This research and development project is premised on the notion that recent technological developments have made it feasible to represent classroom work in new ways. In addition to watching recorded videos of classroom interactions or reading written cases, teacher educators and teachers can now watch animations and image sequences, realized with cartoon characters, and made to depict activities that happened, or could have happened, in a mathematics classroom.
This project aims to elaborate a structure for practice-oriented, collaborative professional development that increases the capacities for collaborative learning by facilitating teacher-to-teacher interactions within and across cultural contexts. By convening international groups of teachers to design lessons and provide and respond to commentaries on their lesson designs, the project introduces possibilities for surfacing and disrupting common experiences, assumptions, and norms in US mathematics teaching.
This project focuses on practicing and preservice secondary mathematics teachers and mathematics teacher educators. The project is researching, designing, and developing materials for preservice secondary mathematics teachers that enable them to acquire the mathematical knowledge and situated rationality central to teaching, in particular as it regards the leading of mathematical discussions in classrooms.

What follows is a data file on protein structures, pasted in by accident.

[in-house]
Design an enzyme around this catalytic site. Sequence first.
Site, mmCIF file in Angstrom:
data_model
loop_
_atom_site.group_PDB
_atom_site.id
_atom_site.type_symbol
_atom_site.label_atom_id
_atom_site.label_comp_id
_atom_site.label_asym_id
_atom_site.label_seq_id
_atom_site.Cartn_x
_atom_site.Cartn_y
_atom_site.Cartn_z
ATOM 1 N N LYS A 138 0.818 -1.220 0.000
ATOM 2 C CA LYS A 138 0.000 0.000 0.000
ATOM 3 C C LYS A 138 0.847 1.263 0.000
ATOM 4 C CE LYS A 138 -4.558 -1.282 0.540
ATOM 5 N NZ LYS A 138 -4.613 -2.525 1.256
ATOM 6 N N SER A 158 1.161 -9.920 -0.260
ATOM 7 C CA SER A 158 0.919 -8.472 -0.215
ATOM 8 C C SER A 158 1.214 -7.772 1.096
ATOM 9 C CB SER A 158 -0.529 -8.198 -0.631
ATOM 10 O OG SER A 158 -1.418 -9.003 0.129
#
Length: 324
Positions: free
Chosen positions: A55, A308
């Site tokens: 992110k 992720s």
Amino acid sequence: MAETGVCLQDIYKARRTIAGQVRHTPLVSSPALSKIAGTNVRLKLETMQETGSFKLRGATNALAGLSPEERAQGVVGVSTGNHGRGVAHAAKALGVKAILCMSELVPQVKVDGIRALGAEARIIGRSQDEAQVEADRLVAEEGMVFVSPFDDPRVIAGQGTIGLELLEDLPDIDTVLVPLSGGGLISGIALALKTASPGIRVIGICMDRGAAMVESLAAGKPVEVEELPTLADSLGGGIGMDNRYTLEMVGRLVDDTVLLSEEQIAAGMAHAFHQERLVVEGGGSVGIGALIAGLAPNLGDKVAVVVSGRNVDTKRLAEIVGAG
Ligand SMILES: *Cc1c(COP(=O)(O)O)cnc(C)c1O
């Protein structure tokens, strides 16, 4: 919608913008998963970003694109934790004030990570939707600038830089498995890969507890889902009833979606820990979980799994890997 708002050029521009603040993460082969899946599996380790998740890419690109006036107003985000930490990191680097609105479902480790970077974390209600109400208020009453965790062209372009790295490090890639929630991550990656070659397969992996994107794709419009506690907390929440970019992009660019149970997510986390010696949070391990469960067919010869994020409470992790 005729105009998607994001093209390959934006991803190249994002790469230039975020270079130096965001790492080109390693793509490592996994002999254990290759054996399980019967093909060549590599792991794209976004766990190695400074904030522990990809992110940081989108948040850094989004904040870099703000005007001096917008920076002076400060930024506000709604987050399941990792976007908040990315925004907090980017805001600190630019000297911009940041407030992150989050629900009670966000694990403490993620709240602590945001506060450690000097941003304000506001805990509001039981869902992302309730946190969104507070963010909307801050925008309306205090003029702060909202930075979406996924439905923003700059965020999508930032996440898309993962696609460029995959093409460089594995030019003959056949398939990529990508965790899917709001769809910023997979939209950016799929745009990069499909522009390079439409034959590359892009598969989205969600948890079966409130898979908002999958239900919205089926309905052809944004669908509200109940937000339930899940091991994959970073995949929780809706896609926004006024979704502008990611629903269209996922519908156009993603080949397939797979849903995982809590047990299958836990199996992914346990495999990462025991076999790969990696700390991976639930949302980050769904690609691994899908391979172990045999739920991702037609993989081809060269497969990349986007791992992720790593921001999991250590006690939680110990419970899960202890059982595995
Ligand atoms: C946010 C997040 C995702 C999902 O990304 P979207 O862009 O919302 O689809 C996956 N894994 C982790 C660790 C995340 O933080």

This project seeks to understand the practical rationality that undergirds teachers’ actions as they meet subject-specific goals of the teaching of algebra and geometry. The study develops a collection of representations of teaching that showcase possible classroom episodes and allows practitioners to ponder alternatives in teaching. The representations are built on computer animations and other forms of sequential art that display action over time.